Agricola vs. Agricola: All Creatures Big and Small
Recently there has been a lot of debate in the Google+ board games community on which game is better for two players: Agricola, or Agricola: All Creatures Big and Small (which I will refer to in this article as ACBAS). I own both of these games, and they are favorites of the Political Mastermind.
Losing at Board Games this week will contrast these two games, for two player purposes only.
I emphasize that this comparison is based on how these games play as two player games, because if you want a game that plays with more than two, Agricola is your only choice.
What is Agricola? (skip this section if you are already familiar with Agricola)
Agricola and ACBAS are worker-placement games that simulate 17th century farming. Both of them take place over a fixed number of rounds; there is a finite number of turns that you will have to grow your farm.
Agricola has a broad scope – focusing on family and housing growth, animal husbandry, and raising crops. ACBAS has a narrower scope and focuses only on animal husbandry.
Agricola is a game with lots of bits which takes up a fair amount of real estate on the gaming table. ACBAS has less bits and takes up a relatively small amount of space on the table.
ACBAS: A simpler version of Agricola?
If you play ACBAS right out of the box, it feels a lot like a narrower-scope version of Agricola. The rules are slightly different, but in a general sense it feels a lot like Agricola, just smaller and only focused on one aspect of farming.
There are a few initial benefits: the game is much smaller, and has similar mechanics to Agricola but doesn’t have as many choices. This is a good game for trying out the mechanics of Agricola without diving into the complexity of the full game. It takes less time to play, with seasoned veterans clocking play time at around the 30 minute mark, and new players clocking play time around 45 minutes.
There is one thing that changes ACBAS and makes it feel like a different game than Agricola-lite: The More Buildings Big and Small expansion. This expansion adds a lot of different buildings, which are randomly selected for each game. This dramatically increases the replayability of the game, as each game may have dramatically different building options which can significantly shift the player’s overall strategy.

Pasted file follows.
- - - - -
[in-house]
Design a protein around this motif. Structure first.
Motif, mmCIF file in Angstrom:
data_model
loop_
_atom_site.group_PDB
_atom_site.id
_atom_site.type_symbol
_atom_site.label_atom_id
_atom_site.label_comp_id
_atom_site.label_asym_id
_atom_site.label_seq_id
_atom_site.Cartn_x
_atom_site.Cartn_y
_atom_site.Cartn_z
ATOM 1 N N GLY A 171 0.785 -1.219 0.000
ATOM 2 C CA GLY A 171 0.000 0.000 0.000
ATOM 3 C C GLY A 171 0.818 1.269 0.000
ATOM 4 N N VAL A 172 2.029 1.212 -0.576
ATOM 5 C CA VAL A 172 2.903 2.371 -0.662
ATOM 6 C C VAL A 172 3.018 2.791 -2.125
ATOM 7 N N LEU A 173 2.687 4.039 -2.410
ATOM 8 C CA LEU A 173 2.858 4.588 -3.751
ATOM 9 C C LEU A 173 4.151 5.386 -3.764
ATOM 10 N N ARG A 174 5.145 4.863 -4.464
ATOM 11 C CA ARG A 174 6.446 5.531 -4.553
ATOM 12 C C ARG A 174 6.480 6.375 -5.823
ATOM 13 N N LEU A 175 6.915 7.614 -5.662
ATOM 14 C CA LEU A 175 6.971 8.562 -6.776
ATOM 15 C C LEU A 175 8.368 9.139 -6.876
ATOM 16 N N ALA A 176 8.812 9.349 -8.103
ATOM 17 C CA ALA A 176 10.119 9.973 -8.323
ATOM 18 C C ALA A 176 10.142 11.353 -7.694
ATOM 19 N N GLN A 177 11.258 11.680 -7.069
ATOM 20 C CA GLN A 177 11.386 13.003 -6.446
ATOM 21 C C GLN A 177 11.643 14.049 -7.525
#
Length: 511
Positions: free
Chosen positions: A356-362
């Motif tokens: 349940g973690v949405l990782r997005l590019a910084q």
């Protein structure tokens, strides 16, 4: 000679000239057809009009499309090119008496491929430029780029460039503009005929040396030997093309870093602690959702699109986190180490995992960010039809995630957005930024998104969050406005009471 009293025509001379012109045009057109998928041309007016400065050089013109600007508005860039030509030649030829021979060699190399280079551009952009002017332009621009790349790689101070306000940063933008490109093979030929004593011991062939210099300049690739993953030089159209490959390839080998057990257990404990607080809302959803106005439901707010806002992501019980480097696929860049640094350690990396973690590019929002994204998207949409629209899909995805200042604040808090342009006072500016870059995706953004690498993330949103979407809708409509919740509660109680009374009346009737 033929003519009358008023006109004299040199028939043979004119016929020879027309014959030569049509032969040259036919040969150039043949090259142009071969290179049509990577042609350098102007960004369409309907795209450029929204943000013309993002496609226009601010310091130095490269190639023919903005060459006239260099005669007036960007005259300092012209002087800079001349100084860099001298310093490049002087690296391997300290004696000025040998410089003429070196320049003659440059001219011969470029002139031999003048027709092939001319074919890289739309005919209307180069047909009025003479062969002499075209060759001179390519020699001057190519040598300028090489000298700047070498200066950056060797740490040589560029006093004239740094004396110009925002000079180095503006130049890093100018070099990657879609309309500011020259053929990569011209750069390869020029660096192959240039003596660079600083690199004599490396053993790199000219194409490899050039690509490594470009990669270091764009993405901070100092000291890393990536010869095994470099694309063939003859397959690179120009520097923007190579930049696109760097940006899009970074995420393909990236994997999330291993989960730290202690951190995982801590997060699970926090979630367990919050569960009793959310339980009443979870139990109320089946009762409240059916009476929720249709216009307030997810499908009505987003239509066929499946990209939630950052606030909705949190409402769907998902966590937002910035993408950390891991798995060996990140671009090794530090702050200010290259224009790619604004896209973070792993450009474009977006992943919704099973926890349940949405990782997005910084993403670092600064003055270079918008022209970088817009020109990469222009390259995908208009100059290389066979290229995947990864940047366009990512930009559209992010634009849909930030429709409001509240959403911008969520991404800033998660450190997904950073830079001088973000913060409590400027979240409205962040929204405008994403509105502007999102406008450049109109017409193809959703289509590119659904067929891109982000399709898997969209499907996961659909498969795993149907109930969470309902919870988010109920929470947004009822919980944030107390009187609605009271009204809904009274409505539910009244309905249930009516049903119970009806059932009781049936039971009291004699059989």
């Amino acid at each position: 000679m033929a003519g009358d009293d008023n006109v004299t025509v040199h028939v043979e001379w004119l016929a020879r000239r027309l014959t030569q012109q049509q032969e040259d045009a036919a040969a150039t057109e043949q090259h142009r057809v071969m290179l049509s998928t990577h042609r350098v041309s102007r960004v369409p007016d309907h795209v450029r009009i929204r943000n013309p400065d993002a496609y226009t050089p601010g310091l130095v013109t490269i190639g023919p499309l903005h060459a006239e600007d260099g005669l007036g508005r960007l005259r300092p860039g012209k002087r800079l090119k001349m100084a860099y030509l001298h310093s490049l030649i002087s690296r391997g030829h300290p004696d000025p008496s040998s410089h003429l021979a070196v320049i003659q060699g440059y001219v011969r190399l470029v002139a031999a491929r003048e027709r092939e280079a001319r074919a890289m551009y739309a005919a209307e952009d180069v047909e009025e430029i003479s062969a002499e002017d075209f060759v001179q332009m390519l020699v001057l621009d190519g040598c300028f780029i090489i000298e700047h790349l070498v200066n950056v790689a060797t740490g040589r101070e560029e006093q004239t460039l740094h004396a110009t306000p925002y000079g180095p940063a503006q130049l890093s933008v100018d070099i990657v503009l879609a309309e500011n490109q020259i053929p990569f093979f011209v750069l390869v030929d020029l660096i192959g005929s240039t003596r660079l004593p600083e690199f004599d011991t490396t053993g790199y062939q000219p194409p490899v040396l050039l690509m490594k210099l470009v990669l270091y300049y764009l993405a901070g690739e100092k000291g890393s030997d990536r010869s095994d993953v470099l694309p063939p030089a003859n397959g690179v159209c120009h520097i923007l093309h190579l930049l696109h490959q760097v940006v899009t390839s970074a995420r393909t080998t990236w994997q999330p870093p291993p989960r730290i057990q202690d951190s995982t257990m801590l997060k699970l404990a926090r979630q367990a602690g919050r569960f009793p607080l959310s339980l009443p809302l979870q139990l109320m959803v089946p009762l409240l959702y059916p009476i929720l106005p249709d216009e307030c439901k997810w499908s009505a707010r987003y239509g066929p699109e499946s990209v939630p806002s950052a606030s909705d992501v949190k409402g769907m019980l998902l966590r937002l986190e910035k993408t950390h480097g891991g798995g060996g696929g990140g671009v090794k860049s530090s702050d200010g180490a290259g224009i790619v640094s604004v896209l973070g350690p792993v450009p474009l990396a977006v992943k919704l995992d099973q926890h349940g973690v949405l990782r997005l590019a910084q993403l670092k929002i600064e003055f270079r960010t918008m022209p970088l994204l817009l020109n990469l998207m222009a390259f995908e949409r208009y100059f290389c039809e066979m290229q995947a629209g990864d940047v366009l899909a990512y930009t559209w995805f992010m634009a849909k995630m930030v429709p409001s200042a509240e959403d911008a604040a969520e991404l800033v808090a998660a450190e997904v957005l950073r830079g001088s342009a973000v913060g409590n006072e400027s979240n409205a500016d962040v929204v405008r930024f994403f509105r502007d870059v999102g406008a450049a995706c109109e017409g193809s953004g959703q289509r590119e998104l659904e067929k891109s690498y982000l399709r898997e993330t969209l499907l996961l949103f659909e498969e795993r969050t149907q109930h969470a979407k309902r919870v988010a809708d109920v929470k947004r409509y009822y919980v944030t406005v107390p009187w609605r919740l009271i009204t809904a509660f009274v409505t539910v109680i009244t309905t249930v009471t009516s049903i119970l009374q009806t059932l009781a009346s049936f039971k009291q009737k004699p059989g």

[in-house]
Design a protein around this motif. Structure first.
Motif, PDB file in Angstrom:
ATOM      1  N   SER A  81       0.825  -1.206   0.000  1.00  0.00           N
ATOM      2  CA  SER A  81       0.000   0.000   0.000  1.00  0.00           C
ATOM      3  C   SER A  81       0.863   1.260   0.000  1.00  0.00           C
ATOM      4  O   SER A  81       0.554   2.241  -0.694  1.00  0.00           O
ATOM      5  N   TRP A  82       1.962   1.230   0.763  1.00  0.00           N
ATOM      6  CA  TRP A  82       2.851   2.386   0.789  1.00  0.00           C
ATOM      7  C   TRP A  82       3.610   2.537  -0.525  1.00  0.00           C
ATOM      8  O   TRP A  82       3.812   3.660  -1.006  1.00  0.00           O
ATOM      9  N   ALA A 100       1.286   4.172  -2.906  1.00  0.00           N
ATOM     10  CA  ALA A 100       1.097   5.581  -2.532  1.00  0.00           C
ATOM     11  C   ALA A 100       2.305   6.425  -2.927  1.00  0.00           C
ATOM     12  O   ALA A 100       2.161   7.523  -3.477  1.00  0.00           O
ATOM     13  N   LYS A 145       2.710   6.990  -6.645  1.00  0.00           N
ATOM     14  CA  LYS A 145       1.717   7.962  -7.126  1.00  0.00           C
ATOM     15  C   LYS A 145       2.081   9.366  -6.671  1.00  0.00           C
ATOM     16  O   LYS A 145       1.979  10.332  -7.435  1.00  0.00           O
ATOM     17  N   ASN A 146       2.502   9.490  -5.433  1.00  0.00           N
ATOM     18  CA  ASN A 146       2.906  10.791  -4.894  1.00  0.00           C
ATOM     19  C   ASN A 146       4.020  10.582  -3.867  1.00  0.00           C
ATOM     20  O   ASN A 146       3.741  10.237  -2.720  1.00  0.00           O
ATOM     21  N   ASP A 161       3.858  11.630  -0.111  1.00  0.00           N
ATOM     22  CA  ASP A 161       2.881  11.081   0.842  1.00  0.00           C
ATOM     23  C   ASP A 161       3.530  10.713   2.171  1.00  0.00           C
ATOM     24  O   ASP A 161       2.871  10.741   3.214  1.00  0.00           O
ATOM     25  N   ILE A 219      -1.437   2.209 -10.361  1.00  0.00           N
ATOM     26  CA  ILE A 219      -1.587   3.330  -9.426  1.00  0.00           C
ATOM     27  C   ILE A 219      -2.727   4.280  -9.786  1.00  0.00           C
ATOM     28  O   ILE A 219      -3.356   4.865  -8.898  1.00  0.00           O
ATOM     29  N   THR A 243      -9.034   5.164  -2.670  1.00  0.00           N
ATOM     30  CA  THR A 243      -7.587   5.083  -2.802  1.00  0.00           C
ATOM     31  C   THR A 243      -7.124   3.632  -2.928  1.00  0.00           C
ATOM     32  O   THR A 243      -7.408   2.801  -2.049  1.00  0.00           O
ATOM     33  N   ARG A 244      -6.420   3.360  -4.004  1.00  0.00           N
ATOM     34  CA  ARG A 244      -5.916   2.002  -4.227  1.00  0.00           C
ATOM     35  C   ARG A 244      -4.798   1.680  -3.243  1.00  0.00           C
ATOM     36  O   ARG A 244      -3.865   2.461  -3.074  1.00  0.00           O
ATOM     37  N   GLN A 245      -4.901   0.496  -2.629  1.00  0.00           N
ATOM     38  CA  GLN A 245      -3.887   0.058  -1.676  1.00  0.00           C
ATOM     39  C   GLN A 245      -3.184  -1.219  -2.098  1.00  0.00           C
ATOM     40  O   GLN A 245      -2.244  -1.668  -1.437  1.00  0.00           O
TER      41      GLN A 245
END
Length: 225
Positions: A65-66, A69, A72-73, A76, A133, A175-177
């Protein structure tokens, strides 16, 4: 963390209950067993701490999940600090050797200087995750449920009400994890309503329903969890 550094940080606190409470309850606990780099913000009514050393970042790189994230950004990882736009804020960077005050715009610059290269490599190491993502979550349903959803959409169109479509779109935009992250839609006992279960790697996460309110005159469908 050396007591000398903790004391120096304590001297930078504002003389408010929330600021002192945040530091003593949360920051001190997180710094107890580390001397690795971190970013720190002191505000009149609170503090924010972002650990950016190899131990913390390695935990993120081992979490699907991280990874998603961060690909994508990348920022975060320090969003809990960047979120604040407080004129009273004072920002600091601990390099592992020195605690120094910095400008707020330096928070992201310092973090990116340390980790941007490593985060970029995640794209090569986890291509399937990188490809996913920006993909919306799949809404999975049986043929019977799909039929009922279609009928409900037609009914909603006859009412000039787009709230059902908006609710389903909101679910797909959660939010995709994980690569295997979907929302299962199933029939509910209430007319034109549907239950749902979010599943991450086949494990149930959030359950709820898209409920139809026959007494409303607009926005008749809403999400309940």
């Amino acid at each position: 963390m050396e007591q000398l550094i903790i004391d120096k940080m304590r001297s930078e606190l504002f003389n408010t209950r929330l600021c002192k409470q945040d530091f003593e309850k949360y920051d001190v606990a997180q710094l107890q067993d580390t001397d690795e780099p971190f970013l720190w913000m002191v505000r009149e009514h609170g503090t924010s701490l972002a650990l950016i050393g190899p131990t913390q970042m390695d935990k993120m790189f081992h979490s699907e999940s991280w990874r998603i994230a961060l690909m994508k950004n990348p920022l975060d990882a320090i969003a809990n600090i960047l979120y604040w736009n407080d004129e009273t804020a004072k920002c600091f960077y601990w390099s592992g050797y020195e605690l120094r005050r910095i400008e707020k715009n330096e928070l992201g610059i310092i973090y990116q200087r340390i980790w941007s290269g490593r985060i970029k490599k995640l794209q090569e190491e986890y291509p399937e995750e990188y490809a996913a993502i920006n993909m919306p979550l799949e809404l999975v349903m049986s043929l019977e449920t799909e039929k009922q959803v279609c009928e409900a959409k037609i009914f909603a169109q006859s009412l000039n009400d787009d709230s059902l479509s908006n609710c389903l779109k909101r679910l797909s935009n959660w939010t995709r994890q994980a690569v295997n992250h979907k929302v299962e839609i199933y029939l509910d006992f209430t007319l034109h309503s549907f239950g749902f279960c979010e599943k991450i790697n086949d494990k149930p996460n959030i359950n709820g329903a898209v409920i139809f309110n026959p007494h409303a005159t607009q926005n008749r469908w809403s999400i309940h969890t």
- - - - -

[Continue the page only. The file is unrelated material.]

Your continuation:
This expansion is essential for ACBAS, and retails for $9.99. I recommend ACBAS as a two-player game, but the expansion is what really makes this a compelling two-player experience.
Agricola: Why even bother with a smaller version?
The first question that people that are already playing Agricola ask is whether it is worth their gaming dollars to buy ACBAS. Before I answer that question, I want to discuss what Agricola brings to the table.
First, it is playable from 1-5 players.
Second, it has a large scope and is played using one of three decks of cards that comes with the original game. These cards add an astounding degree of replayability, as they represent minor improvements, major improvements, and occupations. This game takes up a significant amount of space on the gaming table, and there is a cornucopia of choices for strategy as you grow your farm.
Third, as a two-player game Agricola works quite well. Seasoned veteran can play a two-player game 45-60 minutes. (ACBAS takes 30-45 minutes)
There are two main reasons to bother with a smaller version if you already play the larger version frequently: Space on the table, and length of game time.
As I’ve already mentioned, this takes up less space, which means less set-up time. In addition, the Political Mastermind and I rarely have a game that takes over 30 minutes. This game is quick, and furious.
Who is ACBAS for?
In my mind there are two groups of people who are looking at ACBAS.
1) People who haven’t played Agricola, but are looking for a strong two-player game.
This group of people should definitely buy ACBAS (with the MBBAS expansion). It is a great way to dive into the Agricola universe and have a solid two-player game that will stand on its own if you decide to buy Agricola later. (it won’t make your initial purchase of ACBAS redundant.)
2) People who have played Agricola.
If you are trying to determine whether you should buy ACBAS as a seasoned Agricola player, there are a few questions to ask. Are you looking for quicker set-up time, and do you want a game that takes less space on the table? If the answer to both of these is yes, I would suggest ACBAS, but you may want to play a game first before deciding if it is worth your gaming dollars.
Do I lose at them?
Yes. The political mastermind beats me over 50% of the time. This is frequently because I’m not calculating in my head how many points she has, and so at game end I’m shocked by how many points she’s been able to acquire.
Hopefully this column has helped compare and contrast Agricola with ACBAS. We enjoy both games as two-player games, and which game we turn to is largely based on how much time we have to play.